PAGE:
I am in the midst of writing a new book on the “ordo salutis,” or order of salvation. Please enjoy this excerpt as I discuss how calling and regeneration are related.
The order of salvation is a way to discern and teach various aspects of God’s saving work, but it is one work. We enumerate and separate these facets only as a didactic exercise, but all of these aspects equally apply to every elect person. The same individuals who were chosen by God before the foundation of the world are the same people who are ultimately glorified in the end. One work, one people.
But it is helpful (or else, why this book?) to consider each of these concepts separately for the sake of our understanding. And yet, we must recognize that we cannot completely separate one from another like a surgeon might remove an intact organ from the body. There is a symbiotic relationship in these concepts that do not allow such isolation.
Nowhere is this more apparent than in the link between calling and regeneration.
In a sense, the relationship of all of these aspects of the ordo salutis is logical rather than temporal. Calling, regeneration, conversion, justification, and adoption happen concurrently in the experience of a believer. But more than simply occurring at the same time, calling and regeneration have a stronger link – namely, the calling creates new life (regeneration).
The best way that I can think to illustrate this is to give you a word picture, one that is supplied for us in John 11 with the story of the raising of Lazarus from the dead.
Lazarus, along with his sisters Mary and Martha, were close friends of Jesus. Eventually Lazarus falls sick, and the sisters send for Jesus. But Jesus bides his time, and Lazarus then succumbs to his illness and dies. When Jesus arrives, Lazarus has been dead for four days. Both Martha and Mary say at different times to Jesus, “Lord, if you had been here, my brother would not have died.” Jesus assures them that he is the resurrection and the life – one of the great deity claims in the Gospels – and asks to be led to the tomb. Moved with great emotion, Jesus asks them to remove the stone. When they protest because of the smell, he says, “Did I not tell you that if you believed you would see the glory of God?” (11:40). After praying to his Father, he calls out to the dead man, “Lazarus, come out.” Lazarus, now returned to life, comes out, and Jesus instructs the people to unbind him from his grave clothes. What a miracle, causing some to believe and others to plot his death.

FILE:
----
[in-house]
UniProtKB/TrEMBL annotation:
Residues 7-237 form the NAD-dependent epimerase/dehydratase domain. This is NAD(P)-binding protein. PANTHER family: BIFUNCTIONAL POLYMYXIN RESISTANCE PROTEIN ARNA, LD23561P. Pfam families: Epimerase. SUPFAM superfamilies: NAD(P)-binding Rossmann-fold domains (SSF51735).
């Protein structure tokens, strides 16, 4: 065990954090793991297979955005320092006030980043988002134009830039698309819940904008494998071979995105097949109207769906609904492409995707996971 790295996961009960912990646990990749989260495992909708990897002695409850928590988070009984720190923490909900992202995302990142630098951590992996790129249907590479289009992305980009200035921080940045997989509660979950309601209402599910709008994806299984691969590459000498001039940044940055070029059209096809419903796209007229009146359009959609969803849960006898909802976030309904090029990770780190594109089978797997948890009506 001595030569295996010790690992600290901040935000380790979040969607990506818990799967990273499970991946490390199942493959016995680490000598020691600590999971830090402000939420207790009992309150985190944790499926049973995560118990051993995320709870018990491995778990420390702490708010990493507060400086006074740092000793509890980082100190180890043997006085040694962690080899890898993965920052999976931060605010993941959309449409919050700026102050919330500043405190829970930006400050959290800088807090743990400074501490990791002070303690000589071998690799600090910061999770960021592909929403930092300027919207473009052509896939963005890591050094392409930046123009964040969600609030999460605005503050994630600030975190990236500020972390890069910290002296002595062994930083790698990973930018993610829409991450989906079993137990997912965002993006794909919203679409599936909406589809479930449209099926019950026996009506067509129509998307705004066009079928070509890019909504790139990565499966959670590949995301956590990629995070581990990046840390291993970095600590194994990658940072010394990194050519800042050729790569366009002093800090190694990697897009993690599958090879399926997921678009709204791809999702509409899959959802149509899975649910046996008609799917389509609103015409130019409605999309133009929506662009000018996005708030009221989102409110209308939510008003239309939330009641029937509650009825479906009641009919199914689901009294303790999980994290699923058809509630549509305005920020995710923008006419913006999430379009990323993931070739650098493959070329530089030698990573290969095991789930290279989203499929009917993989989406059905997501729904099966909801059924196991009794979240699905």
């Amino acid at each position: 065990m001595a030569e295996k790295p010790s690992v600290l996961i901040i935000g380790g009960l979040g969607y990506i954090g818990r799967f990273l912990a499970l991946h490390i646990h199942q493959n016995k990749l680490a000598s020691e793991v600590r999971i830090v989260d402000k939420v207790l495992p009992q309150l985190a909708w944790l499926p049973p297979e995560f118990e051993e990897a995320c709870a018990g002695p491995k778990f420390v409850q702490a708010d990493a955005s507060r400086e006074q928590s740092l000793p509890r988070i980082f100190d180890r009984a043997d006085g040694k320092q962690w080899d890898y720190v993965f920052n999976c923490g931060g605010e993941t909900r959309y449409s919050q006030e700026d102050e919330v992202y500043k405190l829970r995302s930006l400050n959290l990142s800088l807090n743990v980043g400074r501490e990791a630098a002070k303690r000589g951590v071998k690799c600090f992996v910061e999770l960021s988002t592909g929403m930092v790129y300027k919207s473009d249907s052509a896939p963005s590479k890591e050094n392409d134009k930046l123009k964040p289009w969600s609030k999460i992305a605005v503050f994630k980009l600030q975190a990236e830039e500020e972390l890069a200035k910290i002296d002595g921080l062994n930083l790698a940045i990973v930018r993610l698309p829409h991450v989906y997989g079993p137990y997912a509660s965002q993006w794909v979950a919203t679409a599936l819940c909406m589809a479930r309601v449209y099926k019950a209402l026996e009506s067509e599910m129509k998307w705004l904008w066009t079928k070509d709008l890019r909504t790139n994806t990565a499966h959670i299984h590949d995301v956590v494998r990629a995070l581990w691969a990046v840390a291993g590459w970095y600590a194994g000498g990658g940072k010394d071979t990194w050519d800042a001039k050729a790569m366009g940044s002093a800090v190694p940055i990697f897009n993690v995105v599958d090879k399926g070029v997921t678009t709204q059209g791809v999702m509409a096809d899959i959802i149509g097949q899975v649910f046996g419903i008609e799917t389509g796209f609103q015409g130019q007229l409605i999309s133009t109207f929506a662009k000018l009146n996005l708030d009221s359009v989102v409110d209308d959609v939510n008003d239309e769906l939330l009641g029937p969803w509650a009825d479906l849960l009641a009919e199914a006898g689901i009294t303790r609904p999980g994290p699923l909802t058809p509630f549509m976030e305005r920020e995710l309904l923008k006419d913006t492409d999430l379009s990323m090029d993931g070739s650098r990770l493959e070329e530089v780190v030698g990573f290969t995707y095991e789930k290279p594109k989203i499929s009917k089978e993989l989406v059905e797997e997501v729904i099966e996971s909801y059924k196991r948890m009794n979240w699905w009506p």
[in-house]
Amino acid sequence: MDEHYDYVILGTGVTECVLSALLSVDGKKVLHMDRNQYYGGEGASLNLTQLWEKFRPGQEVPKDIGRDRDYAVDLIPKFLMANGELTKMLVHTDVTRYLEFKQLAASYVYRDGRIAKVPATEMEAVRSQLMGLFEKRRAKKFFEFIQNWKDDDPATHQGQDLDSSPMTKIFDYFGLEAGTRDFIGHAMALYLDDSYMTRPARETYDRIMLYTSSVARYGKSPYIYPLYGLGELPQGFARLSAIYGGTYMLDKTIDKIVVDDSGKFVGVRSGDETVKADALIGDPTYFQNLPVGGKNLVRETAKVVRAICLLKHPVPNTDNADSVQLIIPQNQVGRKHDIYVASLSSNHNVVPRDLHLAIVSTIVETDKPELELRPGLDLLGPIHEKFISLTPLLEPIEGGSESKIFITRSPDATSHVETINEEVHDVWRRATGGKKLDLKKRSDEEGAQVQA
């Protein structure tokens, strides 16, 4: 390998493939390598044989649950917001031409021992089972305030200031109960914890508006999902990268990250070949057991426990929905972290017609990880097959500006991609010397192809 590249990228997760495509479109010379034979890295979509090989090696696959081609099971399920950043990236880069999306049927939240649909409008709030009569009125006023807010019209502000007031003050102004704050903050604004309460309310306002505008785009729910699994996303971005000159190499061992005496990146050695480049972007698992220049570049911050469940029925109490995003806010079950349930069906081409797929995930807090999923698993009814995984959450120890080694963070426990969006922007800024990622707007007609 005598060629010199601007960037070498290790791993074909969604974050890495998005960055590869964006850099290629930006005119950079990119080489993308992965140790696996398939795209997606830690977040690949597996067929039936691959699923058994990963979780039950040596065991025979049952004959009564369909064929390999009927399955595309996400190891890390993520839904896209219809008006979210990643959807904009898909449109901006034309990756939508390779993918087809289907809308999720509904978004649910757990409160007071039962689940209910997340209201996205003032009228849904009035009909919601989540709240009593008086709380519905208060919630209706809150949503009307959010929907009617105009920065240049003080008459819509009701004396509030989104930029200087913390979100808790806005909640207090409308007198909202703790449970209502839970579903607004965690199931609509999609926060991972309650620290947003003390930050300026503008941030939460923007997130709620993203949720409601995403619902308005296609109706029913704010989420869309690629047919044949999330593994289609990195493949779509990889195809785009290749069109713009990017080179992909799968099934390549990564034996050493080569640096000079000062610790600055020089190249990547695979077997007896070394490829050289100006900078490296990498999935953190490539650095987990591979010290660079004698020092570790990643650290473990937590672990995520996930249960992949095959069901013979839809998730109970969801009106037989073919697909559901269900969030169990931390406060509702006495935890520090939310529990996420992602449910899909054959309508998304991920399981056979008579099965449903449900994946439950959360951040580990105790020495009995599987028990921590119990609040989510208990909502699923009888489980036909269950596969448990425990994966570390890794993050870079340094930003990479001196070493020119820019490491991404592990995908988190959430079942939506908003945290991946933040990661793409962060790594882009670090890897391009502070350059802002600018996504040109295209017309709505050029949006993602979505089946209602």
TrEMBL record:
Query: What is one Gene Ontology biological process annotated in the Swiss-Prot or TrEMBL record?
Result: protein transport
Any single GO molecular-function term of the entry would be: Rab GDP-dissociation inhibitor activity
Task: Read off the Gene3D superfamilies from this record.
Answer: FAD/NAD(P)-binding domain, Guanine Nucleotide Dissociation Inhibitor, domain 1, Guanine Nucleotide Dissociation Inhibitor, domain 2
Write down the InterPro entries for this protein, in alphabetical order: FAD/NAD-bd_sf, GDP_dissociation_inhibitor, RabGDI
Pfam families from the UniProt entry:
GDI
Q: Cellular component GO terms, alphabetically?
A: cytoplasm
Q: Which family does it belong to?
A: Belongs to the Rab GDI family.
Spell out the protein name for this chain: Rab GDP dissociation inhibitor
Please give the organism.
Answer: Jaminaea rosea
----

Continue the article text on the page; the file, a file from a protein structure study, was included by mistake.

There is, in this story, both a calling and a regeneration. Jesus calls out to a dead man (this is instructive), “Come out!” Now, a dead person is incapable of not only coming out but of even hearing such a call. Therefore, there must be a regeneration, a new life. When did this happen? It happened when Jesus called, for the call created new life. Jesus’ command, in the words of a prayer by Augustine, granted what he commanded. When Jesus calls a person, his summons creates what it commands.
So then, the concepts of calling and regeneration are inseparably linked. We can only isolate them (partially) in our minds, and even then, we are not able to completely disentangle these two aspects of God’s redeeming work.
Love’s Redeeming Work: Treasuring our Savior and His Great Salvation (The “ordo salutis” for everyone) is currently being researched and written. I am working toward a summer 2022 release. Stay tuned for more excerpts and details…Mark